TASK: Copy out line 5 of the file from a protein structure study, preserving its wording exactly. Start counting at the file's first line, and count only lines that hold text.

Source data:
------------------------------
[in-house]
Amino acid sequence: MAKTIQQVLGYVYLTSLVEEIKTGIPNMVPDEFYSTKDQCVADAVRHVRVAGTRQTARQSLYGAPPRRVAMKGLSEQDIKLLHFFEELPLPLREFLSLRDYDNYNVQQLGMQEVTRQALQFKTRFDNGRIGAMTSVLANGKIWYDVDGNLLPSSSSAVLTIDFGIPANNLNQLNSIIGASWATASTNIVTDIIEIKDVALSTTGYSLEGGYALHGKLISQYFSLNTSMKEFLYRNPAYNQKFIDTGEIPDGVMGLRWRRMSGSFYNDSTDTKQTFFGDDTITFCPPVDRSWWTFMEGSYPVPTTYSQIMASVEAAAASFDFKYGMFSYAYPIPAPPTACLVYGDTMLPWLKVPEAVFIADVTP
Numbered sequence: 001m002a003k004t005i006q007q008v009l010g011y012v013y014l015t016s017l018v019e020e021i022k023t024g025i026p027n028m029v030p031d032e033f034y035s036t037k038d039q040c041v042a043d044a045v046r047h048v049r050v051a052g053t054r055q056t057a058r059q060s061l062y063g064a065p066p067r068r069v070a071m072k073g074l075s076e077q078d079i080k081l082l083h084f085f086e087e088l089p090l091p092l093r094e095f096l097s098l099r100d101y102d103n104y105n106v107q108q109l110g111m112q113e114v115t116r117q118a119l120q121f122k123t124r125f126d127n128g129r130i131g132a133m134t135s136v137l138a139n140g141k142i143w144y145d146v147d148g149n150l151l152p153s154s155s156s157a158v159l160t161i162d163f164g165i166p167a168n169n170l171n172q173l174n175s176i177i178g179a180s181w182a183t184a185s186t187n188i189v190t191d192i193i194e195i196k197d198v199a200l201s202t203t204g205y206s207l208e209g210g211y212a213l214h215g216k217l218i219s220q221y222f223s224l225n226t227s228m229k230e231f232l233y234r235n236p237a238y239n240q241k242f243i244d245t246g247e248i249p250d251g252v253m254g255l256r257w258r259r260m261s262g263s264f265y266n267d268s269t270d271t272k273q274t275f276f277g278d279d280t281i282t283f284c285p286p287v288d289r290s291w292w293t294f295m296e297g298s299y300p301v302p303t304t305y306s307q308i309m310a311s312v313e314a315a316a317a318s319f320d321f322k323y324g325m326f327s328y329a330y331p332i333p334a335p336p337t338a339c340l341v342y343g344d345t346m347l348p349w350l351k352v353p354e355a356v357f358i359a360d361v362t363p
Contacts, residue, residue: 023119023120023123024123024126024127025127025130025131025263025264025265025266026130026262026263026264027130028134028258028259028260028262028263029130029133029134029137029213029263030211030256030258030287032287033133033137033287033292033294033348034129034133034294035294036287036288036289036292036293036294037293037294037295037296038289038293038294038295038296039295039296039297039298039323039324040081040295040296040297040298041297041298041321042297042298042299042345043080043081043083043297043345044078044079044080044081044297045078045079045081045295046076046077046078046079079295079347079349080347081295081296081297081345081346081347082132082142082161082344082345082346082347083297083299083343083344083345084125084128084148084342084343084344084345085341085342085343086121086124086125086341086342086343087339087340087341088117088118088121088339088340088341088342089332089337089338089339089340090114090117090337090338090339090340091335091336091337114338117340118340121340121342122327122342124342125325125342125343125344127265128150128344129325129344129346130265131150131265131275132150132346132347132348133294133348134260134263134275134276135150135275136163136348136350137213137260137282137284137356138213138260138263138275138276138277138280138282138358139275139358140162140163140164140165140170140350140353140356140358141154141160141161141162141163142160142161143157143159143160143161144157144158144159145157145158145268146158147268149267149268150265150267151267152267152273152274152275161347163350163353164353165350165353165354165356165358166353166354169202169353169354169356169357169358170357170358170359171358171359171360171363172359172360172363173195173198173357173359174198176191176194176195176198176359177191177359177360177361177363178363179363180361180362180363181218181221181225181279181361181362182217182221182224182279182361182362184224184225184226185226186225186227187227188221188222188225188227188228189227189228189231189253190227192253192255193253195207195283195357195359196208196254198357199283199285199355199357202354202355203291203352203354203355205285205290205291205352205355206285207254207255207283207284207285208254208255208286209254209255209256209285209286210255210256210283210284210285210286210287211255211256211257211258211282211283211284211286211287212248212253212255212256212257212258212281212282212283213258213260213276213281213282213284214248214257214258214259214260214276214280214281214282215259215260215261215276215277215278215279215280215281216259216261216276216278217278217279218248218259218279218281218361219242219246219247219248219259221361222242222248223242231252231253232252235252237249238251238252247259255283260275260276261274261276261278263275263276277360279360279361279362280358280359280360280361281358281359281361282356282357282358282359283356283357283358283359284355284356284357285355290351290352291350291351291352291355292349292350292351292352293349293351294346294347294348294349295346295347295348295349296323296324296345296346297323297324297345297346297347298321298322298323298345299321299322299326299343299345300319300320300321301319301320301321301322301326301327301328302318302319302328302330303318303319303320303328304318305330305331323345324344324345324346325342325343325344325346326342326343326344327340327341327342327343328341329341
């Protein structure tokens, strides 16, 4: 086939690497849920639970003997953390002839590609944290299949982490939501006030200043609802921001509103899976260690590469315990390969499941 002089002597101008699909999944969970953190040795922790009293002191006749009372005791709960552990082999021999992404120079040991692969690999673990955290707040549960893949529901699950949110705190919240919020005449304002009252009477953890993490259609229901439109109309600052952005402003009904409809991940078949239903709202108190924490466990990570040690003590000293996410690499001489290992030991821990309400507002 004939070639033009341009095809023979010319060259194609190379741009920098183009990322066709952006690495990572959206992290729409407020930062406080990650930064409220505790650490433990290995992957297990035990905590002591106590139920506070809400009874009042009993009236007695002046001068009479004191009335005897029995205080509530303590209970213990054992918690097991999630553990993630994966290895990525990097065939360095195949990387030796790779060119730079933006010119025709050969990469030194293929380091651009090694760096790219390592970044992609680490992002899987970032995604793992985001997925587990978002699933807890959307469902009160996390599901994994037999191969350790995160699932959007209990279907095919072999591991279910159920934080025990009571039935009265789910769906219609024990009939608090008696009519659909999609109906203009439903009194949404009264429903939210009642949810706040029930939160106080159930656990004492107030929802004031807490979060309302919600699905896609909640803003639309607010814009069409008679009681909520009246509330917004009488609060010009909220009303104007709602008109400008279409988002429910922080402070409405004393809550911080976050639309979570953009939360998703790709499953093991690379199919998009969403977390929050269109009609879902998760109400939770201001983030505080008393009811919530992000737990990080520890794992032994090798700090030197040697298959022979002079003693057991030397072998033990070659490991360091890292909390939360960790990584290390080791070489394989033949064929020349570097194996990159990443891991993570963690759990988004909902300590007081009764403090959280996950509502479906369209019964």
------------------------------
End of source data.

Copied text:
């Protein structure tokens, strides 16, 4: 086939690497849920639970003997953390002839590609944290299949982490939501006030200043609802921001509103899976260690590469315990390969499941 002089002597101008699909999944969970953190040795922790009293002191006749009372005791709960552990082999021999992404120079040991692969690999673990955290707040549960893949529901699950949110705190919240919020005449304002009252009477953890993490259609229901439109109309600052952005402003009904409809991940078949239903709202108190924490466990990570040690003590000293996410690499001489290992030991821990309400507002 004939070639033009341009095809023979010319060259194609190379741009920098183009990322066709952006690495990572959206992290729409407020930062406080990650930064409220505790650490433990290995992957297990035990905590002591106590139920506070809400009874009042009993009236007695002046001068009479004191009335005897029995205080509530303590209970213990054992918690097991999630553990993630994966290895990525990097065939360095195949990387030796790779060119730079933006010119025709050969990469030194293929380091651009090694760096790219390592970044992609680490992002899987970032995604793992985001997925587990978002699933807890959307469902009160996390599901994994037999191969350790995160699932959007209990279907095919072999591991279910159920934080025990009571039935009265789910769906219609024990009939608090008696009519659909999609109906203009439903009194949404009264429903939210009642949810706040029930939160106080159930656990004492107030929802004031807490979060309302919600699905896609909640803003639309607010814009069409008679009681909520009246509330917004009488609060010009909220009303104007709602008109400008279409988002429910922080402070409405004393809550911080976050639309979570953009939360998703790709499953093991690379199919998009969403977390929050269109009609879902998760109400939770201001983030505080008393009811919530992000737990990080520890794992032994090798700090030197040697298959022979002079003693057991030397072998033990070659490991360091890292909390939360960790990584290390080791070489394989033949064929020349570097194996990159990443891991993570963690759990988004909902300590007081009764403090959280996950509502479906369209019964």